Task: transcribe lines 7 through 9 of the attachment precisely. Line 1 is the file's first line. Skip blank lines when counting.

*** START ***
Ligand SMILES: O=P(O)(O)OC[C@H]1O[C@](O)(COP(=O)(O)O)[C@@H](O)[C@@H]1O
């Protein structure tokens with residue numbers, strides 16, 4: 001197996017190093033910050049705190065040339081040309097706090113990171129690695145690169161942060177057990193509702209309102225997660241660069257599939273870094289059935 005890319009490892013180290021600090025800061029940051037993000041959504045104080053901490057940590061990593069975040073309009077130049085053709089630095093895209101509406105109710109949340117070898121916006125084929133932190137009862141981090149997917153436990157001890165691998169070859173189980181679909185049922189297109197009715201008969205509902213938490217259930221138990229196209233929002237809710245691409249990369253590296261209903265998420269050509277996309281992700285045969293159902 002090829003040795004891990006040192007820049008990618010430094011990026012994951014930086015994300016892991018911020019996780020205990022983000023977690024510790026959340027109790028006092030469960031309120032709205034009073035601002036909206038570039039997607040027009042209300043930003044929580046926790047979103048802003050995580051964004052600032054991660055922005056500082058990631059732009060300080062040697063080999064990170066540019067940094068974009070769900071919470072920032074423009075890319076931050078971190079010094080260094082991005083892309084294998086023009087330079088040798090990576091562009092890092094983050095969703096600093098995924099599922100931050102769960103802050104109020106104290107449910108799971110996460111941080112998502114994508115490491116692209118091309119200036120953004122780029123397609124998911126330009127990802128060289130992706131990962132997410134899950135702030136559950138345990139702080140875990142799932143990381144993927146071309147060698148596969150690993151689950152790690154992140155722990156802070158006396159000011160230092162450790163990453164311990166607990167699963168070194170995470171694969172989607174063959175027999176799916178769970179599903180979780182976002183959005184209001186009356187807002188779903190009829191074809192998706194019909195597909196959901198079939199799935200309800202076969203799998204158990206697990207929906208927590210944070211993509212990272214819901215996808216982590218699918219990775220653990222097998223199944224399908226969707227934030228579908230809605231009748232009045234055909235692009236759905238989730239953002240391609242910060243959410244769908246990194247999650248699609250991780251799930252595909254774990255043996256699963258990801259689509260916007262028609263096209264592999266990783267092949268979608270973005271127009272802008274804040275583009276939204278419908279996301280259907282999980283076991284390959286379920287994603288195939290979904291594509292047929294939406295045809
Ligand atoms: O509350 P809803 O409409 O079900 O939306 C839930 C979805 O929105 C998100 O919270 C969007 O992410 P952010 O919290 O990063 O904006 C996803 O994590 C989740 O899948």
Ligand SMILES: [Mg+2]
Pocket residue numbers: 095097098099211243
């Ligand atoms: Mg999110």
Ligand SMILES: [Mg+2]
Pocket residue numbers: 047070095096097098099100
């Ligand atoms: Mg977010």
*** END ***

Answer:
Ligand SMILES: [Mg+2]
Pocket residue numbers: 047070095096097098099100
């Ligand atoms: Mg977010």